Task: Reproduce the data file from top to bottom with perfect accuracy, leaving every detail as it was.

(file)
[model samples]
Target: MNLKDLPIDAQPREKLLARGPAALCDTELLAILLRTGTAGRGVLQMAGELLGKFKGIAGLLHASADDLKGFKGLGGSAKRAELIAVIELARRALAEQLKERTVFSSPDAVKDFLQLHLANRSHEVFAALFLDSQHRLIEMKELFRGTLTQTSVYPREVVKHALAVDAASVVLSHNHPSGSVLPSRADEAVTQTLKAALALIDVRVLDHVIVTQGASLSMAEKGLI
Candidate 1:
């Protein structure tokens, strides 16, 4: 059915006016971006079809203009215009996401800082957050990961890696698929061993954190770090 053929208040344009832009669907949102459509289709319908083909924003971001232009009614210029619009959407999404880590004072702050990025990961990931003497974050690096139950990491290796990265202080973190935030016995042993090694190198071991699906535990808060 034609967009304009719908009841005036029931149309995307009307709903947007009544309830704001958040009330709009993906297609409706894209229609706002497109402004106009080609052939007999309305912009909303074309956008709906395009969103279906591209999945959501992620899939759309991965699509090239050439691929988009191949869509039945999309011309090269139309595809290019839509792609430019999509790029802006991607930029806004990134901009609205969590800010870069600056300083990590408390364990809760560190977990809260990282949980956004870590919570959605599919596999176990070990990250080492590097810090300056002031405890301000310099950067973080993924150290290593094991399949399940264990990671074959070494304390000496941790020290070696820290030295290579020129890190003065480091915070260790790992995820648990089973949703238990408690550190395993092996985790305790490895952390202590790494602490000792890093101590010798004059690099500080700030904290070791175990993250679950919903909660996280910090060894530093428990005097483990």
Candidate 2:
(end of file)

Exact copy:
[model samples]
Target: MNLKDLPIDAQPREKLLARGPAALCDTELLAILLRTGTAGRGVLQMAGELLGKFKGIAGLLHASADDLKGFKGLGGSAKRAELIAVIELARRALAEQLKERTVFSSPDAVKDFLQLHLANRSHEVFAALFLDSQHRLIEMKELFRGTLTQTSVYPREVVKHALAVDAASVVLSHNHPSGSVLPSRADEAVTQTLKAALALIDVRVLDHVIVTQGASLSMAEKGLI
Candidate 1:
């Protein structure tokens, strides 16, 4: 059915006016971006079809203009215009996401800082957050990961890696698929061993954190770090 053929208040344009832009669907949102459509289709319908083909924003971001232009009614210029619009959407999404880590004072702050990025990961990931003497974050690096139950990491290796990265202080973190935030016995042993090694190198071991699906535990808060 034609967009304009719908009841005036029931149309995307009307709903947007009544309830704001958040009330709009993906297609409706894209229609706002497109402004106009080609052939007999309305912009909303074309956008709906395009969103279906591209999945959501992620899939759309991965699509090239050439691929988009191949869509039945999309011309090269139309595809290019839509792609430019999509790029802006991607930029806004990134901009609205969590800010870069600056300083990590408390364990809760560190977990809260990282949980956004870590919570959605599919596999176990070990990250080492590097810090300056002031405890301000310099950067973080993924150290290593094991399949399940264990990671074959070494304390000496941790020290070696820290030295290579020129890190003065480091915070260790790992995820648990089973949703238990408690550190395993092996985790305790490895952390202590790494602490000792890093101590010798004059690099500080700030904290070791175990993250679950919903909660996280910090060894530093428990005097483990």
Candidate 2: